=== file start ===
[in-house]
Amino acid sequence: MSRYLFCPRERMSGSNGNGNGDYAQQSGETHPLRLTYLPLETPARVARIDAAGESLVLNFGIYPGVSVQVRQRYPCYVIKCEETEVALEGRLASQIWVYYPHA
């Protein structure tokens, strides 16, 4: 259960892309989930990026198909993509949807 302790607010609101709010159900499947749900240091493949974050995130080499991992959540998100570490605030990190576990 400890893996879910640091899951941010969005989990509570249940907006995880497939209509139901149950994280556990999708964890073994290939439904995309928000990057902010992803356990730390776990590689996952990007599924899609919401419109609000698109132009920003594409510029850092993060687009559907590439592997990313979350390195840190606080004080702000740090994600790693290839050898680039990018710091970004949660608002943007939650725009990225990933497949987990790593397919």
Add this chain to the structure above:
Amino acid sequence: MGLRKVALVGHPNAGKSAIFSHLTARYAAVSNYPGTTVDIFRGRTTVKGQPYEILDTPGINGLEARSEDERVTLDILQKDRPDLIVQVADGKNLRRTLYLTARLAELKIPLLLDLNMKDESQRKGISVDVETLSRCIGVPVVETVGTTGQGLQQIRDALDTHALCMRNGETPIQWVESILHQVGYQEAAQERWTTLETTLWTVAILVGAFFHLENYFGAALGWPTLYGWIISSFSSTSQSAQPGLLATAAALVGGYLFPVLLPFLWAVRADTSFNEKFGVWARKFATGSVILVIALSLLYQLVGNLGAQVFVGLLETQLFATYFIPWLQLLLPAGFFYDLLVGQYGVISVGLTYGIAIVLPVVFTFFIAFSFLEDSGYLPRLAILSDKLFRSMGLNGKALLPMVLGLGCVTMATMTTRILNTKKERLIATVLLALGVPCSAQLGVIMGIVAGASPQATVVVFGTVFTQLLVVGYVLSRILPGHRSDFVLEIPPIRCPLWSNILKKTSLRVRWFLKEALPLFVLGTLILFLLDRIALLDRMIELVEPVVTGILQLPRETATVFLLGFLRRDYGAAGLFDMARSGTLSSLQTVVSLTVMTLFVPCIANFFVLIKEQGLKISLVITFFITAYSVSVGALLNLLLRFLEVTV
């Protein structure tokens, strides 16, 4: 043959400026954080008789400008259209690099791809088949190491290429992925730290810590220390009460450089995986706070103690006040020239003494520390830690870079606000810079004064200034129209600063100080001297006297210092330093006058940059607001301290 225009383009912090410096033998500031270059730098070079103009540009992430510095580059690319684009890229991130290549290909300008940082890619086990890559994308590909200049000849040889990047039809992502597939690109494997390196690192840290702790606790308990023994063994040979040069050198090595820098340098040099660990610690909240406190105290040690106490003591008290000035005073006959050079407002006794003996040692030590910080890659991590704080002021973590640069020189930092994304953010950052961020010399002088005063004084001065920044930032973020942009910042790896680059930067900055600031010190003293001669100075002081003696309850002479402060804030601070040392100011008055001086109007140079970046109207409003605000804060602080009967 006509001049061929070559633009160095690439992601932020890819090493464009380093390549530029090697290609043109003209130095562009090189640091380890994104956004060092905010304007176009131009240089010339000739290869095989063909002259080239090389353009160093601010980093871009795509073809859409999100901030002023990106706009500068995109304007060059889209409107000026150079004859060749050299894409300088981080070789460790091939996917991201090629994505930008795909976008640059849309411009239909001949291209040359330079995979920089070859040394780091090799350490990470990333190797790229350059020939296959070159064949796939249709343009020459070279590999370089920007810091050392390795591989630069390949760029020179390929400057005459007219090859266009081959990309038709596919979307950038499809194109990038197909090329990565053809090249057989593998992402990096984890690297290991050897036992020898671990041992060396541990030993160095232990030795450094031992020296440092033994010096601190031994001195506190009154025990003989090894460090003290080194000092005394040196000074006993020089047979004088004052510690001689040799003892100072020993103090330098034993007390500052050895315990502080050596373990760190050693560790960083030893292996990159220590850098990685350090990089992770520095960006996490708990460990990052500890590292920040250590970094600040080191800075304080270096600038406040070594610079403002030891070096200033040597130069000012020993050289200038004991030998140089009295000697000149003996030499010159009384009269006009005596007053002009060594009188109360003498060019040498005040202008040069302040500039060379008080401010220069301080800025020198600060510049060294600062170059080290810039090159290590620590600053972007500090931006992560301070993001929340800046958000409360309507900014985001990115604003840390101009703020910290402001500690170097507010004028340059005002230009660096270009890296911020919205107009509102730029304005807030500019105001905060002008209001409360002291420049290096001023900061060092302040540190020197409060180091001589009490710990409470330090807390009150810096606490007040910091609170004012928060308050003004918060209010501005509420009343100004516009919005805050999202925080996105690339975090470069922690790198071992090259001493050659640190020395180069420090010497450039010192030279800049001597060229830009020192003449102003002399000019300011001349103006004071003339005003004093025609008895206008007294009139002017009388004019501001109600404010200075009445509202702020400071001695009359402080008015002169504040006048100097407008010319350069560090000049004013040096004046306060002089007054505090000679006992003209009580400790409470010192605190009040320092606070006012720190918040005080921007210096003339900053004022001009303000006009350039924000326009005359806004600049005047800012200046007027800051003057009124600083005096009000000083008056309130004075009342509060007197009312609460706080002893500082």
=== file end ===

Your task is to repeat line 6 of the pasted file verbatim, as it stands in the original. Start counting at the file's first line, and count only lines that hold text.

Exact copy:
């Protein structure tokens, strides 16, 4: 043959400026954080008789400008259209690099791809088949190491290429992925730290810590220390009460450089995986706070103690006040020239003494520390830690870079606000810079004064200034129209600063100080001297006297210092330093006058940059607001301290 225009383009912090410096033998500031270059730098070079103009540009992430510095580059690319684009890229991130290549290909300008940082890619086990890559994308590909200049000849040889990047039809992502597939690109494997390196690192840290702790606790308990023994063994040979040069050198090595820098340098040099660990610690909240406190105290040690106490003591008290000035005073006959050079407002006794003996040692030590910080890659991590704080002021973590640069020189930092994304953010950052961020010399002088005063004084001065920044930032973020942009910042790896680059930067900055600031010190003293001669100075002081003696309850002479402060804030601070040392100011008055001086109007140079970046109207409003605000804060602080009967 006509001049061929070559633009160095690439992601932020890819090493464009380093390549530029090697290609043109003209130095562009090189640091380890994104956004060092905010304007176009131009240089010339000739290869095989063909002259080239090389353009160093601010980093871009795509073809859409999100901030002023990106706009500068995109304007060059889209409107000026150079004859060749050299894409300088981080070789460790091939996917991201090629994505930008795909976008640059849309411009239909001949291209040359330079995979920089070859040394780091090799350490990470990333190797790229350059020939296959070159064949796939249709343009020459070279590999370089920007810091050392390795591989630069390949760029020179390929400057005459007219090859266009081959990309038709596919979307950038499809194109990038197909090329990565053809090249057989593998992402990096984890690297290991050897036992020898671990041992060396541990030993160095232990030795450094031992020296440092033994010096601190031994001195506190009154025990003989090894460090003290080194000092005394040196000074006993020089047979004088004052510690001689040799003892100072020993103090330098034993007390500052050895315990502080050596373990760190050693560790960083030893292996990159220590850098990685350090990089992770520095960006996490708990460990990052500890590292920040250590970094600040080191800075304080270096600038406040070594610079403002030891070096200033040597130069000012020993050289200038004991030998140089009295000697000149003996030499010159009384009269006009005596007053002009060594009188109360003498060019040498005040202008040069302040500039060379008080401010220069301080800025020198600060510049060294600062170059080290810039090159290590620590600053972007500090931006992560301070993001929340800046958000409360309507900014985001990115604003840390101009703020910290402001500690170097507010004028340059005002230009660096270009890296911020919205107009509102730029304005807030500019105001905060002008209001409360002291420049290096001023900061060092302040540190020197409060180091001589009490710990409470330090807390009150810096606490007040910091609170004012928060308050003004918060209010501005509420009343100004516009919005805050999202925080996105690339975090470069922690790198071992090259001493050659640190020395180069420090010497450039010192030279800049001597060229830009020192003449102003002399000019300011001349103006004071003339005003004093025609008895206008007294009139002017009388004019501001109600404010200075009445509202702020400071001695009359402080008015002169504040006048100097407008010319350069560090000049004013040096004046306060002089007054505090000679006992003209009580400790409470010192605190009040320092606070006012720190918040005080921007210096003339900053004022001009303000006009350039924000326009005359806004600049005047800012200046007027800051003057009124600083005096009000000083008056309130004075009342509060007197009312609460706080002893500082």